Read in loud-abrasive-car-sales-commercial Voice: Are you in need of a new car? Well, if you are: let the Car NegotiaTORS assist you! With skill beyond imagination, these two will wear down even the most skilled of Car Salesmen!
That’d be us. Yep, now allow me to brag about our Car Negotiation Skills (CNS) that were put into play a few weeks ago when purchasing our minivan. First of all, we had to plan the first attack with all the right accoutrements: Token Cute Children (check – didn’t even have to rent ‘em; we supplied our own), Short Window of Time close to Closing Time (check), Seemingly Undecided on Whether or Not We Really Want To Buy (check – we TOTALLY knew we were buying), Token Cute Children that eventually turn into Cranky Children (check – cranky children can unnerve anyone), Perfectly Played Emotions to Tug on Salesman’s Heartstrings (check).
We first went to the dealership after church and lunch on Sunday afternoon. I had spent days compiling lists of newishly-used available Toyota Sienna’s and Kia Sedona’s, so we knew exactly what ‘merchandise’ each dealership had. We bought our ’98 Honda CRV (that we still have and love) at Renton Honda & Kia, so we thought we’d go there again.
After test-driving both cars – an ’08 Toyota Sienna and the ’09 Kia Sedona, we decided on the Kia. (Despite the fact that the Toyota was a beautiful dark blue that Matthew and I both voted for; our Kia is red and still very sassy and beautiful). We told the salesmen that we would need to leave at 3:30 since Matthew had his ‘Faith Formation’ class back at church. Yes, we are a church-going people. This should help in our proof that we are a good people who need a minivan that we can fill with Catholic babies…or something.
As soon as we said, we needed to leave (and the boys began to act perfectly cranky on cue), the salesdudes turned on their defenses. “Well, gosh, we’d love for you to be able to drive away with your new van today, let me just go check with the manager, actually I’ll have him come talk to you; we’ll see what we can do for you.”
Cue the jolly manager who likes to say things like, “I can see that you’re a family with good taste and that you’ve done your research. I also hear that you’ve got a bit of a time-crunch right now, so FOR YOU ONLY, I’m WILLING to make quite the deal. I NEVER do this, but I’d be willing to knock off a couple thousand and sell this BEAUTIFUL family minivan to you for the WHOLESALE price. I NEVER do that, but boy, I sure like you guys and….” Blahblahblah.
We act as thought, for a moment, we’re considering it, and then say, “Gee, thanks, but we’re just not buying today. We’ve got to go. We’ll be back tomorrow.” And we make a sudden exit.
The salesmen egos pop and rapidly deflate before our eyes. When we DO return the next day – as promised – we are greeted with huge grins and hearty handshakes.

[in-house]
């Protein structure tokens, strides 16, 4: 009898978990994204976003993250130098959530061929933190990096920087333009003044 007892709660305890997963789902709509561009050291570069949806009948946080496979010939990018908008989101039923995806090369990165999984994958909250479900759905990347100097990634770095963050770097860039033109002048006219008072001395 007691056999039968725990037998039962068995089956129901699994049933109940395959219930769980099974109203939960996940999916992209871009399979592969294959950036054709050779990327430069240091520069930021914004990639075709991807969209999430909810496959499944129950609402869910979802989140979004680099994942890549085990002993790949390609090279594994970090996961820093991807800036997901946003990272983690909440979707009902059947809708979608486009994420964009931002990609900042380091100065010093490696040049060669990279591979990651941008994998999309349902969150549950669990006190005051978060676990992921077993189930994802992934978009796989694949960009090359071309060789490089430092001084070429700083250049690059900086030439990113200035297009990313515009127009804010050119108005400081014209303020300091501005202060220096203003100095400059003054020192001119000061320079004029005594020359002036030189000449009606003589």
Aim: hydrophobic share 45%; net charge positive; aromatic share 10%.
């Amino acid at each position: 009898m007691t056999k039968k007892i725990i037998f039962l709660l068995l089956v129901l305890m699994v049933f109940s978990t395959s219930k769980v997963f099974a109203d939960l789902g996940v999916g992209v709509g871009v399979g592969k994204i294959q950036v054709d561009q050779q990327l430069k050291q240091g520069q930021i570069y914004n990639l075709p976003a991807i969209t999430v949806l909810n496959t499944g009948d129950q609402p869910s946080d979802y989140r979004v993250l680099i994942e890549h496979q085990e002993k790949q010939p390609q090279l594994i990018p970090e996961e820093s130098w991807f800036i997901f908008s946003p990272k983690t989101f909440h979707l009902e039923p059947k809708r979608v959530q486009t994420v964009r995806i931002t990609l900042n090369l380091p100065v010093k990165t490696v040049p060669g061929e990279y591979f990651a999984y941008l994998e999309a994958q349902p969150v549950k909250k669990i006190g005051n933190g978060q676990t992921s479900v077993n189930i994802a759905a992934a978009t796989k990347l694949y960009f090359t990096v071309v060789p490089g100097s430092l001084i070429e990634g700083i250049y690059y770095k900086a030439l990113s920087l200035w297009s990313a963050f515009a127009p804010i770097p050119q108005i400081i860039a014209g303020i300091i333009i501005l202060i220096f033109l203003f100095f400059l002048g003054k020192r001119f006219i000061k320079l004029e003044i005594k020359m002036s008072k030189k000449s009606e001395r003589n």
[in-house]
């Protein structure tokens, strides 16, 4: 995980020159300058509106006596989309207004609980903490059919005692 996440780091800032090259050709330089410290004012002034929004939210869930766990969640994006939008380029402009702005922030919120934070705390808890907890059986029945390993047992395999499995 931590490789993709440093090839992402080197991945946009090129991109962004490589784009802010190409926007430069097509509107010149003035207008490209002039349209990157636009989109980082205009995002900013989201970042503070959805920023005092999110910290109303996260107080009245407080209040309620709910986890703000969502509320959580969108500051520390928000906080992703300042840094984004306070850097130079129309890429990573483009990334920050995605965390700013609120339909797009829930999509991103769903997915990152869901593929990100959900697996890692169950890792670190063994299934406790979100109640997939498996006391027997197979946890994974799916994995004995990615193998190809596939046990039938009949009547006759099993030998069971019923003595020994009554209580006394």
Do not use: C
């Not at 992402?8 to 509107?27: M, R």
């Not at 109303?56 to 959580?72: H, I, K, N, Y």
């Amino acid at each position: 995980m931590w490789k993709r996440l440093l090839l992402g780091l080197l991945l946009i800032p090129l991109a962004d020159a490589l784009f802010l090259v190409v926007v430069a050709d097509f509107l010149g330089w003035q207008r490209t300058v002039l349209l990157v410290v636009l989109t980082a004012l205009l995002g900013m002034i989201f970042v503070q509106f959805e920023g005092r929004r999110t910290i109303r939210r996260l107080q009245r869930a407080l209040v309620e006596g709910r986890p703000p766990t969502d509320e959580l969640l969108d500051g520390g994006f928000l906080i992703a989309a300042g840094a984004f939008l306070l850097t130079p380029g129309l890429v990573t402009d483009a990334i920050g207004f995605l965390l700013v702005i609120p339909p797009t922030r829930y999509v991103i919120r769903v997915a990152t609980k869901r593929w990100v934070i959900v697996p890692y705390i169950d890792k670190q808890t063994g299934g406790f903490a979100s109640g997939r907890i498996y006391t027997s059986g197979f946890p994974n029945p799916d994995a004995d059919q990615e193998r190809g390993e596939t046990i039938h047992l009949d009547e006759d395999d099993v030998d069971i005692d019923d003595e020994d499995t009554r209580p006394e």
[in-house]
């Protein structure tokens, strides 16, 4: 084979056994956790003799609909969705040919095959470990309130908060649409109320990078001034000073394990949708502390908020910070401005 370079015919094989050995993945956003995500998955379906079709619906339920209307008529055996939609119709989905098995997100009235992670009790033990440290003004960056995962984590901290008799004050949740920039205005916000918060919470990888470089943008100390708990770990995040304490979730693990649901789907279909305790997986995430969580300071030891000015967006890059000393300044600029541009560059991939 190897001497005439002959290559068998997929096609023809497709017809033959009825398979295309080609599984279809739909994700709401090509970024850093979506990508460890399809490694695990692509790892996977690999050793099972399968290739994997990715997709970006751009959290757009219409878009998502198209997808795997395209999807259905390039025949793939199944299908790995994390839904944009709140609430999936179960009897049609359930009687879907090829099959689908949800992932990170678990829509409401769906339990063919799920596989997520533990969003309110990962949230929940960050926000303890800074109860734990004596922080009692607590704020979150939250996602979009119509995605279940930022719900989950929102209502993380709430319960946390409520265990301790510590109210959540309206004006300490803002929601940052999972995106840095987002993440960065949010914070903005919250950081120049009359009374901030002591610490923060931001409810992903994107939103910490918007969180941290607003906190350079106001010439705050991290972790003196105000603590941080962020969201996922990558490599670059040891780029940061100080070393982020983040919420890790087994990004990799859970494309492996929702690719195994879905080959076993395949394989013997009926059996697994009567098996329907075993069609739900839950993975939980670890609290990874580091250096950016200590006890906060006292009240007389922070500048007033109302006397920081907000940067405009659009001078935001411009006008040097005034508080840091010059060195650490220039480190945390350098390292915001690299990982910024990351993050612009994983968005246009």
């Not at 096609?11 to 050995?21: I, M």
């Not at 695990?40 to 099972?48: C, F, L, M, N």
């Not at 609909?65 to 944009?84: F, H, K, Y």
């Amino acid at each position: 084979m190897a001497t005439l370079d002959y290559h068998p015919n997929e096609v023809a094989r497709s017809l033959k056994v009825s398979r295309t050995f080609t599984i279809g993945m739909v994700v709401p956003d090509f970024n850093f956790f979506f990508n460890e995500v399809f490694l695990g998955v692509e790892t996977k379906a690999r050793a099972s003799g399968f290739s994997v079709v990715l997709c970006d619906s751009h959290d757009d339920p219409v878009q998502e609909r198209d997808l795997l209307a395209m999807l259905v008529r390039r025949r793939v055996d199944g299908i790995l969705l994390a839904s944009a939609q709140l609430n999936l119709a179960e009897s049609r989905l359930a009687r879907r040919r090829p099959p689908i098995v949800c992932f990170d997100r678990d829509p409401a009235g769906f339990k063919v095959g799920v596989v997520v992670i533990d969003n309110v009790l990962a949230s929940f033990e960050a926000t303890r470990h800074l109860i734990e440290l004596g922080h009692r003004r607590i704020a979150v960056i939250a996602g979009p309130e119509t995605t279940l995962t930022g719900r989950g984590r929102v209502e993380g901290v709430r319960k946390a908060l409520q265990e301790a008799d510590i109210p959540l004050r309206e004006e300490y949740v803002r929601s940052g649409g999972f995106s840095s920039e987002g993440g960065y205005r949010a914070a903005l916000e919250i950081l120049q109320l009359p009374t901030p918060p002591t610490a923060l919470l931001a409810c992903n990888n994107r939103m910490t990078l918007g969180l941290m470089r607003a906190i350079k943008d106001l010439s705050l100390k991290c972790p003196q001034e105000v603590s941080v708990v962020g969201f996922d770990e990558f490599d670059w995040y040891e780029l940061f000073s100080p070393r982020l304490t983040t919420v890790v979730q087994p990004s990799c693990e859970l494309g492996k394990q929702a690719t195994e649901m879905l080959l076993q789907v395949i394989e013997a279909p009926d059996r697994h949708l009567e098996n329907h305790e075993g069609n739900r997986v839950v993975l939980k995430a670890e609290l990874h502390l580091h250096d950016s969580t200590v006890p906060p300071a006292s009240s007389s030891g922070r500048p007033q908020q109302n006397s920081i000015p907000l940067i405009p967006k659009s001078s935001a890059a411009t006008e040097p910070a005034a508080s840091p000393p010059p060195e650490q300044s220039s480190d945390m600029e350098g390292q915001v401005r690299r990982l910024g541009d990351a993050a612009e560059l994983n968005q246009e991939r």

“What?” I ask innocently. “You didn’t believe us? You didn’t think we’d come back?”
Both Salesman and Manager inform us that of the people that promise to return, statistically only 2% actually do. That’s right. Now we’ve proven ourselves a bit. We’re a good, kind, honest people. And then. Oh, right when they think, this will be an easy-sell to these nice, honest, Churchly-people; we unleash the madness – our mad Negotiating Skills, that is. For THREE HOURS we go back and forth with these guys. It’s a game of car-sale-negotiating tennis – an evenly matched, well-played, nail-biting battle.
One would think when watching us that Mike and I must be using some sort of baseball base coach cues, the way we so seamlessly trade from bad cop (negotiator) to good cop (negotiator). But our negotiating technique goes without words, without a need to communicate. We are a well-oiled machine; we are a car salesman’s worst nightmare. Mike and I teeter-totter back and forth playing with their emotions. At one point, I act ready to sign while Mike argues a bit more. Then, when Mike seems satisfied, I suddenly have doubts forcing them to drop the price yet again.
We’ve worn them down, the manager has said a few times, “Look, I’m sorry, but this is the best I can do. I’m already not making any money on this sale since we dropped it down to wholesale yesterday.” We argue a few other small points, and then he says, “Well, ya know, we’re just arguing about $100 now. Are we really just arguing about a little bit of money now?”
This is when I whip out the waterworks, with eyes welling up, just enough, I say, “Well, it’s not just a little bit of money to us. We’re adopting a child. That’s an expensive thing. We need every little bit of money we can get.” He quickly back pedals after my saying that he’s basically keeping us from supplying an orphan with a loving home. He throws in two free full tanks of gas and finally, FINALLY we – happily change back into ourselves – and shake on it. Afterwards, as we delve into the paperwork, our salesman, Tony, compliments us on our tough fight. With a grin, he shakes his head as he hands us the keys. Well played. Well played.